Manic Pixie Dream Girl Trope

We all know this trope, right? And can agree that it’s tired, hopefully.

If you’ve been living under a lovely rock for the last couple of decades, the Manic Pixie Dream Girl is a girl who basically exists to help make sure that the male main character can continue to develop his character in better ways.

She’s different and quirky. She is somewhat naïve and youthful, while also being deep and thoughtful. She is blissfully in her own world and above all of the tragic makings of standard youthful life. Sound familiar? Yeah, it does, because a whole lot of autistic women also fall into this kind of category.

Sweet! Right? Positive association with autistic women and all? Nah, not really. The problem is that this character is a half-assed character that never actually exists as anything except to make the dude better. She’s a fantasy as much as pretty much any other trope commonly seen in the media is a fantasy.

On top of that, she is completely unrealistic, since, you know, she isn’t a full person and pretty much only exists to act as a counterpart to the male lead.

While this trope is, thankfully, mostly dead, the damage has still been done to autistic women everywhere. So many of our peers saw these films with these dream girls and as a result, so many of our male peers began to see these traits as desirable in partners. Doesn’t sound too bad, overall, until you remember that the dream girl isn’t real. She has all of the fun-loving “quirks” of an autistic woman with none of the reality of an autistic woman.

It put so much of a responsibility on the autistic woman to be the magic key that fixes everything that was wrong with the jaded boy without paying any attention at all to the fact that the Manic Pixie has her own issues, and her own troubles and she can’t really afford to be some dude’s everything that pieces him back together.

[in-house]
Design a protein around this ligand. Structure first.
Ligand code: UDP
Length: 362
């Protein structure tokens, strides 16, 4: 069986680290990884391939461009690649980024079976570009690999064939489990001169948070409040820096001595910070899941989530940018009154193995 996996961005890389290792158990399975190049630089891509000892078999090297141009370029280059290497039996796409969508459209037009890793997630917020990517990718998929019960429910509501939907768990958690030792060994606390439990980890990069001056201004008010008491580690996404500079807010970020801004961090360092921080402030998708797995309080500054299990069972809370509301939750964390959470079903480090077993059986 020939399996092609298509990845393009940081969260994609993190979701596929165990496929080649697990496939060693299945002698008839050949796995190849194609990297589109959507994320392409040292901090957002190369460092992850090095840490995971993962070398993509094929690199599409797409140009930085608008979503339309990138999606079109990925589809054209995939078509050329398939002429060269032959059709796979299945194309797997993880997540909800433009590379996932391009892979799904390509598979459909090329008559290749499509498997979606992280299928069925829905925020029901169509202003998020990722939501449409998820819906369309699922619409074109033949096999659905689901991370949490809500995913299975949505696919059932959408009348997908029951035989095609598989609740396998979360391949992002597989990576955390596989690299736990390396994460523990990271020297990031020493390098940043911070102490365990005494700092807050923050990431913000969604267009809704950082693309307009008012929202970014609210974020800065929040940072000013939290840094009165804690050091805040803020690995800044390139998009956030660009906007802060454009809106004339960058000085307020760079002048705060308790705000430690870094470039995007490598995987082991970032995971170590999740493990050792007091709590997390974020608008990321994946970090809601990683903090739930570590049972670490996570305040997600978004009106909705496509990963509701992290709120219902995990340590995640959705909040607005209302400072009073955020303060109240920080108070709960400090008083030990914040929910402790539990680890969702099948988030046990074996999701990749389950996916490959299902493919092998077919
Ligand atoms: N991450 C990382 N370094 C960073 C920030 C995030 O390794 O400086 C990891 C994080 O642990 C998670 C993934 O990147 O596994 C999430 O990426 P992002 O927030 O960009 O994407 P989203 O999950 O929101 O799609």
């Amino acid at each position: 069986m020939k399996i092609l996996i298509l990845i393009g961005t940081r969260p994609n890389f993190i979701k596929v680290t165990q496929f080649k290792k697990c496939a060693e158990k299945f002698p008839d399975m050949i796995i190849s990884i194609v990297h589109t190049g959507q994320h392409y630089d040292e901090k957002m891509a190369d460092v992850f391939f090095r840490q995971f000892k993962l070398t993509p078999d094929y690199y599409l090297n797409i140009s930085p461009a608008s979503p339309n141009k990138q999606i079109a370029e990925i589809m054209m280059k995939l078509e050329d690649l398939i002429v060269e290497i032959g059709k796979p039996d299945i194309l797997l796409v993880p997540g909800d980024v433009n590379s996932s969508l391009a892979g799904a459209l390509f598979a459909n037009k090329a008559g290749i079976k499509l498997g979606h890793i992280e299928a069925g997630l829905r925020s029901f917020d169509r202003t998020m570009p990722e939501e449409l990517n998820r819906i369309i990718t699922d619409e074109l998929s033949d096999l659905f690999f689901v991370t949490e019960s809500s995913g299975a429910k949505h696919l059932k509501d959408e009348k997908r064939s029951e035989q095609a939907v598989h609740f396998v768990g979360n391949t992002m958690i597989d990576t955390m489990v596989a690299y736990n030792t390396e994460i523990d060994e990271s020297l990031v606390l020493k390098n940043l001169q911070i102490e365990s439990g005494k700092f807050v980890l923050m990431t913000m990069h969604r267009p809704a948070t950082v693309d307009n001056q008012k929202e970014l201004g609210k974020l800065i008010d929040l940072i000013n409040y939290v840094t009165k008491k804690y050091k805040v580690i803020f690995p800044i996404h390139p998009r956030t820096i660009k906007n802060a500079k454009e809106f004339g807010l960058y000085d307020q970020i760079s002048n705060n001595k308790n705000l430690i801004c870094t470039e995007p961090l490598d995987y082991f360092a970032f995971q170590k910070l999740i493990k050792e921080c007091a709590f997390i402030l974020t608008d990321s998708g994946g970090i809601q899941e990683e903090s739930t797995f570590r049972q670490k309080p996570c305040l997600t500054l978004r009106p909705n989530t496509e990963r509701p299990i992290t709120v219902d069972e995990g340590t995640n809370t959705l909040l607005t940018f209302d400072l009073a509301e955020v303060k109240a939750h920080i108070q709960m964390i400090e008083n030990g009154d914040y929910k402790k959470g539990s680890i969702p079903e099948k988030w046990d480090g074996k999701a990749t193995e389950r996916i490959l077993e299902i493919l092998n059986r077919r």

Hell, I fit this mold so well in my younger life that even I embraced it, despite how much harm it was doing for me. I helped inspire and be the muse for past lovers, pushing them to better themselves and embrace their dreams, all while I was doing drudging crap like working at a Starbucks (which, no shade, I honestly enjoyed) instead of following my own dreams.

It was what I was supposed to do, right? Help my lovers grow into better people?

The problem is that at the end of the day, after helping change view points or follow their dreams, there was hardly any energy left for me. And that’s typically why so many of those relationships were so short lived.. Just like this trope is portrayed on screen. She flits in to make things better and then peaces out when the man can handle things on his own — just the ideal way to make her something worth missing.

Perhaps, it’s why that one line from Rent came to mean something to me:

Life’s too short, babe, time is flying. I’m looking for baggage that goes with mine

I spent so long being “forced” by my lovers into a role that was impossible to play, that I struggled so hard to play, that I had forgotten to take care of my own shit.

Eventually I learned to put up some boundaries, to remember that it’s not possible to be the Manic Pixie because she’s not real. And that my role in life is not to stand quietly (albeit in my own quirky way) behind a man empowering him, but to empower myself and find a love that will be empowered through my own power.

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